Get Used to LinkedIn's Sponsored Updates

Get Used to LinkedIn's Sponsored Updates

Yesterday, LinkedInlaunched its new sponsored updates feature for marketers. The service allows companies to communicate with LinkedIn members they aren't connected to -- and LinkedIn hopes it's the next step in delivering more ad revenue.

Doesn't anyone use the term "ad" anymore?
LinkedIn's sponsored updates work in much the same way that Facebook's or Twitter's promoted messages do. Customers -- in this case, businesses that have a company page on LinkedIn -- can now show featured content such as articles, videos, or pictures to specific sets of LinkedIn members that match the company's desired marketing demographic. In return, they pay LinkedIn on a cost per click or cost per thousand impressions.

In the first quarter of this year, the LinkedIn's Marketing Solutions division reported $74.8 million in revenue, which was up 56% from a year before. While there's no guarantee on what the company could add to that number with the new sponsored posts, it should be noted that some heavy hitters such as General Electric, Mercedes-Benz, The Wall Street Journal, Xerox and others have already signed on board.

One particular detail that could help the service gain traction is that when a marketer buys a sponsored update, it can be shown across desktops, tablets, and smartphones -- theoretically increasing the impact of the update. LinkedIn CEO Jeff Weiner talked about promoted updates -- when it was just a pilot program -- in an earnings call last quarter, saying that it was the company's first marketing revenue stream to be offered to scale. He also added that sponsored updates are "a much more efficient and predictable model going forward and scalable model."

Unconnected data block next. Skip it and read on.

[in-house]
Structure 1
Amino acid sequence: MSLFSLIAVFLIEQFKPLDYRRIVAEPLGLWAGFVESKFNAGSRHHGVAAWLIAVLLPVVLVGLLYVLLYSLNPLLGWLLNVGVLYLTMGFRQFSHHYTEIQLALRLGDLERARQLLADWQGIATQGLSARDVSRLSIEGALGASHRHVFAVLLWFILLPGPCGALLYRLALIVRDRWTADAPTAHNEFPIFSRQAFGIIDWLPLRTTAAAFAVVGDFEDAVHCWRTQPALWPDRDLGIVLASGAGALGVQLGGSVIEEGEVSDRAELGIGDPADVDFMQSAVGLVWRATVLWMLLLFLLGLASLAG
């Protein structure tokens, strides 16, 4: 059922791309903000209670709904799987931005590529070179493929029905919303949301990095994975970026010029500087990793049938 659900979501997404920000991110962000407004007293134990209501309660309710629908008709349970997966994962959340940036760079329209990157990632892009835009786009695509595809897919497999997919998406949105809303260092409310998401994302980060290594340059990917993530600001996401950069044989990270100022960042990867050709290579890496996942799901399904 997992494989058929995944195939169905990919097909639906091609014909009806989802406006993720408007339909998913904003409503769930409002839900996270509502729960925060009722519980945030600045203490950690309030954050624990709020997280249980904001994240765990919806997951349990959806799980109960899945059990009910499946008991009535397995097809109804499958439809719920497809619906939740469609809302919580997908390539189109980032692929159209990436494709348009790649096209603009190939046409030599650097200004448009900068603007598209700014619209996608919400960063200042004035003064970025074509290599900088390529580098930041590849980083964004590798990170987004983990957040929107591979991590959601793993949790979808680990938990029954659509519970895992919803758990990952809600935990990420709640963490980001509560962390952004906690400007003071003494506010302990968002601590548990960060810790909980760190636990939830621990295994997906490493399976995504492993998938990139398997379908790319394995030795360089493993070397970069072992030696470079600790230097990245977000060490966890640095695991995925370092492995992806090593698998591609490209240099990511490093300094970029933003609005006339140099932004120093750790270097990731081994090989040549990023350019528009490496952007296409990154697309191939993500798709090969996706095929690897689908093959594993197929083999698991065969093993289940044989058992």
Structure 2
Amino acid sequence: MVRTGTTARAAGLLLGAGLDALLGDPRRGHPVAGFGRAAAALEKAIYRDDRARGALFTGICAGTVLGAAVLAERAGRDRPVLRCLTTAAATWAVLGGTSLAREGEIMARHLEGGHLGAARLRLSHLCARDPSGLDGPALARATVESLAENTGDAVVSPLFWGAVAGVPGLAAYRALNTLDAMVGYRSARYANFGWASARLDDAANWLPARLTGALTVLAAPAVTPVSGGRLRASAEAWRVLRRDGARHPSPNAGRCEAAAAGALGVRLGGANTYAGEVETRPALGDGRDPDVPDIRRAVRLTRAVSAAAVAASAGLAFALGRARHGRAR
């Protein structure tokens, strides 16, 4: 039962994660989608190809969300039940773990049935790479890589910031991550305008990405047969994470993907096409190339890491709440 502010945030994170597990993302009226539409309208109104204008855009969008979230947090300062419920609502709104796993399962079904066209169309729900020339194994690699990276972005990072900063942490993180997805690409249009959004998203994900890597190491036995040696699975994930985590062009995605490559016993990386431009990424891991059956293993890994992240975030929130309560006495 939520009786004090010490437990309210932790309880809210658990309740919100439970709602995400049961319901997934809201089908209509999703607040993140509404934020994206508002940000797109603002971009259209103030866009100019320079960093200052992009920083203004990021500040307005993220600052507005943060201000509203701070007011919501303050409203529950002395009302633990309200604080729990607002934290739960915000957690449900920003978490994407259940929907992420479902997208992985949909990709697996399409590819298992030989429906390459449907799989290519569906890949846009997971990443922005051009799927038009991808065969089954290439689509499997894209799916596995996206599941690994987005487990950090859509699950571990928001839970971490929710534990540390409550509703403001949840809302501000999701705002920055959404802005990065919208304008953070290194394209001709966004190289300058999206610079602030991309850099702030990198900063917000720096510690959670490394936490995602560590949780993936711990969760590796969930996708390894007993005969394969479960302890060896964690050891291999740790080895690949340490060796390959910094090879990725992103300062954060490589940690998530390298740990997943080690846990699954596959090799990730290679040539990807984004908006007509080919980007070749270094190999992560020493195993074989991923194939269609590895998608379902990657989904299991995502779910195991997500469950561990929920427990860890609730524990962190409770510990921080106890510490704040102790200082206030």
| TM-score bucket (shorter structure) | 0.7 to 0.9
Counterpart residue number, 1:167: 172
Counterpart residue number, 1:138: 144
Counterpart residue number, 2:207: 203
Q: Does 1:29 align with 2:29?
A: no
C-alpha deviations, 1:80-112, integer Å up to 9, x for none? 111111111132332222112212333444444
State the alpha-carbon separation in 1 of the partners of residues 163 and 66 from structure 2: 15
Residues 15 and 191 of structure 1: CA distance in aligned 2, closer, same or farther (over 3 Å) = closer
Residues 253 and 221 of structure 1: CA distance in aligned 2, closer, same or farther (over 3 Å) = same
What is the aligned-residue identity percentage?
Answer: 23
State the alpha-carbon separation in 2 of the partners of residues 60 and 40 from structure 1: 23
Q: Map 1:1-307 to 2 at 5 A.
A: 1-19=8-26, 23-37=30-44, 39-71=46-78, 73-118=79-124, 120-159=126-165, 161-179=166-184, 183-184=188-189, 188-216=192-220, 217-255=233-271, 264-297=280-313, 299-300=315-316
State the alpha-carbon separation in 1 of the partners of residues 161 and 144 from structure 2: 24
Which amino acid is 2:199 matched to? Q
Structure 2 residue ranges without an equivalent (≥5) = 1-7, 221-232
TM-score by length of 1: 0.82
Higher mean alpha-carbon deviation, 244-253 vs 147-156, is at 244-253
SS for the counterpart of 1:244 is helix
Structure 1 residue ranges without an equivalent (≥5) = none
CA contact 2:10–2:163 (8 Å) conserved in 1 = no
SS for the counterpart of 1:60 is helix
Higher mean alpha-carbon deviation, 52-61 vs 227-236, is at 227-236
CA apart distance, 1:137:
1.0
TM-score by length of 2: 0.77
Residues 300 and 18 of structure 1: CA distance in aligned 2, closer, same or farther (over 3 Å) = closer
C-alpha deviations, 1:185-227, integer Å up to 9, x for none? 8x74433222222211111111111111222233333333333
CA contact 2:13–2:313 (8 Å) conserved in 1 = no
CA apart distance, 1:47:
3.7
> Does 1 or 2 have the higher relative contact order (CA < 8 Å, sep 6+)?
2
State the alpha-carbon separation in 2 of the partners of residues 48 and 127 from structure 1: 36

Since Facebook launched its promoted posts feature, the company's seen more than 7.5 million promoted posts, many of which were for small businesses. But incorporating sponsored updates may not be an automatic slam-dunk for LinkedIn. Facebook was slow to make money with its promoted posts -- which brought in the majority of $5 million in non-gaming revenue in Q4 2012. In the first quarter of 2013, Facebook's quarterly payments revenue increased by 15% year over year but was a result of increased game revenue and less from promoted post revenue.

I still think LinkedIn's sponsored updates could be a good move for the company right now. The nature of LinkedIn's social network is for people to engage with others to further their career -- and that includes engaging with businesses. But investors should keep track of how well the promoted updates are received from both LinkedIn members and businesses. Online communities can be wary of new advertising intrusions, and if users feel like they're receiving a barrage of ads, then it could backfire on the company.

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Chris Neiger has no position in any stocks mentioned. The Motley Fool recommends and owns shares of, Apple, Facebook, Google, and LinkedIn. Try any of our Foolish newsletter services free for 30 days. We Fools don't all hold the same opinions, but we all believe that considering a diverse range of insights makes us better investors. The Motley Fool has a disclosure policy.

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